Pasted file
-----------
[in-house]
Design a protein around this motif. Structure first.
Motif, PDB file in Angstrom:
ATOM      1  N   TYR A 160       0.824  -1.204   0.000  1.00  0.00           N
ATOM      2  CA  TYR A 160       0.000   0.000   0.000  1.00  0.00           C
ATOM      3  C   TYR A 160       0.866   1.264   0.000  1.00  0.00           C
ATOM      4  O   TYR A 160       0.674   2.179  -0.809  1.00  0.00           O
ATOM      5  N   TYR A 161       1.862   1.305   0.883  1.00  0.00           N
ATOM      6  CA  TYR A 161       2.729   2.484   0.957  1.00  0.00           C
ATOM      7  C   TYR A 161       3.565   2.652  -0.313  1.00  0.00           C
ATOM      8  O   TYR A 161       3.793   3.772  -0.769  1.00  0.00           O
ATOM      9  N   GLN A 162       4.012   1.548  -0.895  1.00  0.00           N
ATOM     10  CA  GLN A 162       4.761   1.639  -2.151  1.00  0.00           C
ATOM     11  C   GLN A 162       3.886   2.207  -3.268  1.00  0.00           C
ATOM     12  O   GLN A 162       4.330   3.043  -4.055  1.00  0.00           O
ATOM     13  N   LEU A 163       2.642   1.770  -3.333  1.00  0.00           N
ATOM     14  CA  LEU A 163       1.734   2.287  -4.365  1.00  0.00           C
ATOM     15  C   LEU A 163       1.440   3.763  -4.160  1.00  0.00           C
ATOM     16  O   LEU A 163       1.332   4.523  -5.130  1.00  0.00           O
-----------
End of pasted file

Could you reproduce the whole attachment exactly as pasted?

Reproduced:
[in-house]
Design a protein around this motif. Structure first.
Motif, PDB file in Angstrom:
ATOM      1  N   TYR A 160       0.824  -1.204   0.000  1.00  0.00           N
ATOM      2  CA  TYR A 160       0.000   0.000   0.000  1.00  0.00           C
ATOM      3  C   TYR A 160       0.866   1.264   0.000  1.00  0.00           C
ATOM      4  O   TYR A 160       0.674   2.179  -0.809  1.00  0.00           O
ATOM      5  N   TYR A 161       1.862   1.305   0.883  1.00  0.00           N
ATOM      6  CA  TYR A 161       2.729   2.484   0.957  1.00  0.00           C
ATOM      7  C   TYR A 161       3.565   2.652  -0.313  1.00  0.00           C
ATOM      8  O   TYR A 161       3.793   3.772  -0.769  1.00  0.00           O
ATOM      9  N   GLN A 162       4.012   1.548  -0.895  1.00  0.00           N
ATOM     10  CA  GLN A 162       4.761   1.639  -2.151  1.00  0.00           C
ATOM     11  C   GLN A 162       3.886   2.207  -3.268  1.00  0.00           C
ATOM     12  O   GLN A 162       4.330   3.043  -4.055  1.00  0.00           O
ATOM     13  N   LEU A 163       2.642   1.770  -3.333  1.00  0.00           N
ATOM     14  CA  LEU A 163       1.734   2.287  -4.365  1.00  0.00           C
ATOM     15  C   LEU A 163       1.440   3.763  -4.160  1.00  0.00           C
ATOM     16  O   LEU A 163       1.332   4.523  -5.130  1.00  0.00           O